Many of the substantive positions articulated by FDA in the 2012 Guidance are echoed and reiterated in the 2014 Guidance, including:

  • Applicants should take a stepwise approach to developing the data necessary to demonstrate biosimilarity, and functional and clinical data can guide whether additional testing is needed and the design of that additional testing.
  • FDA will take a "totality-of-the-evidence" view of the data submitted in support of a biosimilar application.
  • The use of animal and human immunogenicity, pharmacokinetic (PK) and pharmacodynamic (PD) data, including an emphasis on any clinically relevant PD measures and endpoints, as part of the totality of the evidence.
  • A preference for crossover human clinical studies where the product has a short half-life (e.g., shorter than five days) and low incidence of immunogenicity, and a recommendation to use a parallel study design where the products have a longer half-life.
  • The use of in vivo and in vitro functional assays to demonstrate bioequivalence, including bioassays, biological assays, binding assays, and assays to elucidate the mechanism of action of the product.
  • The potential availability of using data from a foreign reference product, provided that the sponsor gives adequate data or information to justify the relevance of such data and to establish a bridge to the U.S.-licensed reference product.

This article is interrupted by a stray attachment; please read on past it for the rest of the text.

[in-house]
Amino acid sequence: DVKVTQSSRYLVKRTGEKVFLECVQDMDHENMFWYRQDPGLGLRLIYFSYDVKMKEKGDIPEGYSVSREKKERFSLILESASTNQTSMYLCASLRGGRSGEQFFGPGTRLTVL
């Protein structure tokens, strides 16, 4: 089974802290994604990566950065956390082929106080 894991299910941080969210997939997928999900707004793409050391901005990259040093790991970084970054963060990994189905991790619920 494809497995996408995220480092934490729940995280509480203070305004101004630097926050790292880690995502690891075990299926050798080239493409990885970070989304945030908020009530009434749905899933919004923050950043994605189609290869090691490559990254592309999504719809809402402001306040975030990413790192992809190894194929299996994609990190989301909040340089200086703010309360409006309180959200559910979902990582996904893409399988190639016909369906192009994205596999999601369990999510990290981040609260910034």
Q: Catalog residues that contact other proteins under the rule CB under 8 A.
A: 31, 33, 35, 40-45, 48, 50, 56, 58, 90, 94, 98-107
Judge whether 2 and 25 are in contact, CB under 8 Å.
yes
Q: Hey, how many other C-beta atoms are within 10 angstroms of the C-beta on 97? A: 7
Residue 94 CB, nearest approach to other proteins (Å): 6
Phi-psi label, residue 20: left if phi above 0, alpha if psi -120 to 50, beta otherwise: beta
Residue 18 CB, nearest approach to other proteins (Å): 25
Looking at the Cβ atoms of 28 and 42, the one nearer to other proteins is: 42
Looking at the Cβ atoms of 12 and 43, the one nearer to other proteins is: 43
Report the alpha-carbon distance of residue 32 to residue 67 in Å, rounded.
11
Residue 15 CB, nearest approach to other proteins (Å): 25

• The utility of comparing quality attributes of the proposed biosimilar product and the reference product using a "fingerprint-like analysis" that evaluates a large number of such attributes with high sensitivity using orthogonal methods.

The totality-of-the-evidence approach and the significance of evaluating many attributes using sensitive measures to provide a "fingerprint-like analysis" were not even a new concept to FDA's 2012 Guidance. An August 2011 article in the New England Journal of Medicine by FDA's Dr. Kozlowski and Dr. Woodcock, stated:

Such a 'totality of the evidence' approach can also be applied to assessing biosimilars, since it seems possible to exceed a current state-of-the-art analytic characterization by evaluating more attributes and combinations of attributes at greater sensitivity with multiple complementary methods. There may be strategies that allow a 'fingerprint'-like identification of very similar patterns in two different products. … Although additional animal and clinical studies will generally be needed for protein biosimilars for the foreseeable future, the scope and extent of such studies may be reduced further if more extensive fingerprint-like characterization is used.